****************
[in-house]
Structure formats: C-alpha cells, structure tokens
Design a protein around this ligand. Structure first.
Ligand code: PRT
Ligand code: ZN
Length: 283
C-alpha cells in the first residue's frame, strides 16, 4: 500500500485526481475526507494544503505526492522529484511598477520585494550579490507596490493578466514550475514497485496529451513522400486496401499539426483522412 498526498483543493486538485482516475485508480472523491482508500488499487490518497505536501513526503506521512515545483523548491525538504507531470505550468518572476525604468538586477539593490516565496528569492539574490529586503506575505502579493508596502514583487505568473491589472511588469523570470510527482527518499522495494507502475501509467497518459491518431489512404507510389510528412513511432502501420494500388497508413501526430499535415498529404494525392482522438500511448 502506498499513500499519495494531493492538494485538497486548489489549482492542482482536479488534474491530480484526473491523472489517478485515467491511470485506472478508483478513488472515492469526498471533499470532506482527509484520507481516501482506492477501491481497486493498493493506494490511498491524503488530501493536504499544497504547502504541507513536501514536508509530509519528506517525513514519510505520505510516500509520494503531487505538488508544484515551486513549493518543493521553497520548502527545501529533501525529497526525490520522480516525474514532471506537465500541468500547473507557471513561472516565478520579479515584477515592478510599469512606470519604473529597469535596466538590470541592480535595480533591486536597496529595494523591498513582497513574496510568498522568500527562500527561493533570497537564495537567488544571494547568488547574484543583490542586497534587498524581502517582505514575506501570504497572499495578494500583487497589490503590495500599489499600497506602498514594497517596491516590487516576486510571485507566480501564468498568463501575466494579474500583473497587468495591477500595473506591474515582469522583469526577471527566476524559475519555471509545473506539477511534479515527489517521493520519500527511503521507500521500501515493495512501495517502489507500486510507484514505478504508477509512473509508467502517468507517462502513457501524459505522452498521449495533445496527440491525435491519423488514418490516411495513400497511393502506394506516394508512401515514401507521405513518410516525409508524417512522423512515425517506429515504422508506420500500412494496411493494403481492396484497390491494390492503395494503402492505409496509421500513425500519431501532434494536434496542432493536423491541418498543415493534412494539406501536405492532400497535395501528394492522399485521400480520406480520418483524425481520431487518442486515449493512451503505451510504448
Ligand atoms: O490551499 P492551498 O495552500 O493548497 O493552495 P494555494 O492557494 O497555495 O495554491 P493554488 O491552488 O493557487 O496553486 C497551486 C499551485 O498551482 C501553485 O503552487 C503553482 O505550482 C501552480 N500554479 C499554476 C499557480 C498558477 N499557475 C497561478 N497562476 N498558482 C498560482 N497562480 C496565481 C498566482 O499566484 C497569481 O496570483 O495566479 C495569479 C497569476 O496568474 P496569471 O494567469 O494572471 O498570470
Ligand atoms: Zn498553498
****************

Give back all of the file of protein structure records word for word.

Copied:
[in-house]
Structure formats: C-alpha cells, structure tokens
Design a protein around this ligand. Structure first.
Ligand code: PRT
Ligand code: ZN
Length: 283
C-alpha cells in the first residue's frame, strides 16, 4: 500500500485526481475526507494544503505526492522529484511598477520585494550579490507596490493578466514550475514497485496529451513522400486496401499539426483522412 498526498483543493486538485482516475485508480472523491482508500488499487490518497505536501513526503506521512515545483523548491525538504507531470505550468518572476525604468538586477539593490516565496528569492539574490529586503506575505502579493508596502514583487505568473491589472511588469523570470510527482527518499522495494507502475501509467497518459491518431489512404507510389510528412513511432502501420494500388497508413501526430499535415498529404494525392482522438500511448 502506498499513500499519495494531493492538494485538497486548489489549482492542482482536479488534474491530480484526473491523472489517478485515467491511470485506472478508483478513488472515492469526498471533499470532506482527509484520507481516501482506492477501491481497486493498493493506494490511498491524503488530501493536504499544497504547502504541507513536501514536508509530509519528506517525513514519510505520505510516500509520494503531487505538488508544484515551486513549493518543493521553497520548502527545501529533501525529497526525490520522480516525474514532471506537465500541468500547473507557471513561472516565478520579479515584477515592478510599469512606470519604473529597469535596466538590470541592480535595480533591486536597496529595494523591498513582497513574496510568498522568500527562500527561493533570497537564495537567488544571494547568488547574484543583490542586497534587498524581502517582505514575506501570504497572499495578494500583487497589490503590495500599489499600497506602498514594497517596491516590487516576486510571485507566480501564468498568463501575466494579474500583473497587468495591477500595473506591474515582469522583469526577471527566476524559475519555471509545473506539477511534479515527489517521493520519500527511503521507500521500501515493495512501495517502489507500486510507484514505478504508477509512473509508467502517468507517462502513457501524459505522452498521449495533445496527440491525435491519423488514418490516411495513400497511393502506394506516394508512401515514401507521405513518410516525409508524417512522423512515425517506429515504422508506420500500412494496411493494403481492396484497390491494390492503395494503402492505409496509421500513425500519431501532434494536434496542432493536423491541418498543415493534412494539406501536405492532400497535395501528394492522399485521400480520406480520418483524425481520431487518442486515449493512451503505451510504448
Ligand atoms: O490551499 P492551498 O495552500 O493548497 O493552495 P494555494 O492557494 O497555495 O495554491 P493554488 O491552488 O493557487 O496553486 C497551486 C499551485 O498551482 C501553485 O503552487 C503553482 O505550482 C501552480 N500554479 C499554476 C499557480 C498558477 N499557475 C497561478 N497562476 N498558482 C498560482 N497562480 C496565481 C498566482 O499566484 C497569481 O496570483 O495566479 C495569479 C497569476 O496568474 P496569471 O494567469 O494572471 O498570470
Ligand atoms: Zn498553498